The Title Exam is a thorough examination by a title agent of all public records that affect the property a buyer is purchasing. Such public records include county, municipal and those date records stored in a “title plant”, a data storehouse maintained by the title companies.
What the title agent is searching for is any defect or “cloud” in the title. He or she does this by reviewing prior mortgages, judgments, and liens to make sure they were all paid in full and past wills, deeds and trusts, making sure the title has passed correctly to each new owner. This last requires a name search and a close examination of all previous
By examining this “chain of title”, the title agent can determine if the title has any clouds on its history that might affect the title adversely. Unpaid taxes, an unsatisfied contractor’s lien, a boundary dispute, even fraudulent documents can make the title of the property invalid because a claimed prior holder of the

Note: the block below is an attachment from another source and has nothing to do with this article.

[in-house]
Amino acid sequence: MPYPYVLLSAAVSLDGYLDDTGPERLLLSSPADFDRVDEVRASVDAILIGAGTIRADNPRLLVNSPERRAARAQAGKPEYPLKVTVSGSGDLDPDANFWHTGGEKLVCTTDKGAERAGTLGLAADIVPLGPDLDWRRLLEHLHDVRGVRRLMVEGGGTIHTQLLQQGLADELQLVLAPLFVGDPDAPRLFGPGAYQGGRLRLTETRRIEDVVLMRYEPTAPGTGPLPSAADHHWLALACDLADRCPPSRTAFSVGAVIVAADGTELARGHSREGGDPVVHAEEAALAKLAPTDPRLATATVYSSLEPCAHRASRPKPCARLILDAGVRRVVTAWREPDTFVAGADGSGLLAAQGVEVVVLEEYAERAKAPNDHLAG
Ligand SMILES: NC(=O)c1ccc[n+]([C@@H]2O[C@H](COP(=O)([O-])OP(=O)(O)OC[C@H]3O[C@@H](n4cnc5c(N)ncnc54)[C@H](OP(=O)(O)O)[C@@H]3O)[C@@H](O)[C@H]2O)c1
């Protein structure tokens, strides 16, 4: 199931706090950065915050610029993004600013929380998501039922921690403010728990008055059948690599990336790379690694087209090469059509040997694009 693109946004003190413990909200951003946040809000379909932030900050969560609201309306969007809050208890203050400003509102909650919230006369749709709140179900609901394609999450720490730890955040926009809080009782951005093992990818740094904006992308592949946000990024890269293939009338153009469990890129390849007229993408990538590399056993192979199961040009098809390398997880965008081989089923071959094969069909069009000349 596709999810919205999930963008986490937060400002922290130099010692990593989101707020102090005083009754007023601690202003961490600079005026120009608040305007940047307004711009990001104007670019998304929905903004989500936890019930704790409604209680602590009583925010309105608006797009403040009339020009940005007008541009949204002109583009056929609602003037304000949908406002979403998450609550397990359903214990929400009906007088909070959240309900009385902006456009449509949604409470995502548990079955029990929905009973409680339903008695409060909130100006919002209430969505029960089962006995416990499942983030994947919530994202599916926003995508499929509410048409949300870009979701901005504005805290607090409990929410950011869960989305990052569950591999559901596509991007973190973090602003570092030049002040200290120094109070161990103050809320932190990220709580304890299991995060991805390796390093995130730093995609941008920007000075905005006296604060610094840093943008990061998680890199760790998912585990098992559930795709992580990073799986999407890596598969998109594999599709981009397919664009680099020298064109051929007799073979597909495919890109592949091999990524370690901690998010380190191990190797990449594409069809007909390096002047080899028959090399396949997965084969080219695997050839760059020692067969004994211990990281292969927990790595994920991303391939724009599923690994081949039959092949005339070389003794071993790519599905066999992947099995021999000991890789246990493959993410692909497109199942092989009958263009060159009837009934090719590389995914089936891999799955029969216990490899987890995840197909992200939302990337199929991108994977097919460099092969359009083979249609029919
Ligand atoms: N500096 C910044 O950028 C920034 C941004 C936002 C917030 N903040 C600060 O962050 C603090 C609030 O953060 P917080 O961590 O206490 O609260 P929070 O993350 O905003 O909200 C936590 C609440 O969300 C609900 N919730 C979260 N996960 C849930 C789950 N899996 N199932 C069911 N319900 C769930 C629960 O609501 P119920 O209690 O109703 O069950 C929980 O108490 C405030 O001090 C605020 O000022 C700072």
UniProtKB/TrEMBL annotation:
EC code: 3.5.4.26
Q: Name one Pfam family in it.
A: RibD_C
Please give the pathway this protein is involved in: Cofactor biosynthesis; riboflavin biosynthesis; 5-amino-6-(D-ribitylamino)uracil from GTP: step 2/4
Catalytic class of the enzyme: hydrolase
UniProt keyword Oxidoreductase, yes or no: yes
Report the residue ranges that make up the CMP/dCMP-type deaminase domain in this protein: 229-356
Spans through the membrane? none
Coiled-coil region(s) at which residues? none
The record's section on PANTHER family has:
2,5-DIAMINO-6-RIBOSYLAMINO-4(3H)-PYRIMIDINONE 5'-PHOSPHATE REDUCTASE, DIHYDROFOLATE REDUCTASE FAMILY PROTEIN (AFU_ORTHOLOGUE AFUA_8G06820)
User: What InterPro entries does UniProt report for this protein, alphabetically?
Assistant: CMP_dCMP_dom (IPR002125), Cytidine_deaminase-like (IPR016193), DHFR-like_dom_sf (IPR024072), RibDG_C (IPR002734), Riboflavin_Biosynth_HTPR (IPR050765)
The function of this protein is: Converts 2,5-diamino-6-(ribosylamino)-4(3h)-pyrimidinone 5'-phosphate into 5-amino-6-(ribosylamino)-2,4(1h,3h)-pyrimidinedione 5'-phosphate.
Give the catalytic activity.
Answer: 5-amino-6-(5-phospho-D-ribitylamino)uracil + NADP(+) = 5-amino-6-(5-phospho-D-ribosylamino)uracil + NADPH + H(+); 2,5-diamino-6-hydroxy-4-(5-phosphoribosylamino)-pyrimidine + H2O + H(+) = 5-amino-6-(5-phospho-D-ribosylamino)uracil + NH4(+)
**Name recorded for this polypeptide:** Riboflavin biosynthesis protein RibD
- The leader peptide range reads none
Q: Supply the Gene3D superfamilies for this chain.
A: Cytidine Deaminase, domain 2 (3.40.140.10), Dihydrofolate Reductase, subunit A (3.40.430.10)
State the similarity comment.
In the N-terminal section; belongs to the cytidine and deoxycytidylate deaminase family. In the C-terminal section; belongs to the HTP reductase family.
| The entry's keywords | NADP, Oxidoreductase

title never legally owned the property or there was an inaccurate description of the property or for many other reasons.
If those defects are cleared up, the title is declared “Marketable” and the property may proceed to closing. If not, the title agent must decide if the defects can be cleared up or are insignificant enough not to affect the title in the future and declare the title “Insurable.”
For a one-time fee, the buyer may buy a title insurance policy indemnifying the buyer from any future defects in the property’s title that may crop up later after closing. Title insurance not only protects the buyer from financial loss and legal fees, but the title company will go to court with the buyer if a title defense is ever
needed. An Owner’s Title Insurance Policy protects the buyer the entire time he or she owns the property. Some mortgage lenders insist on a Lender Title Insurance Policy being issued to protect their institution from similar loss and legal fees.
For more information about title examinations, visit www.alta.org.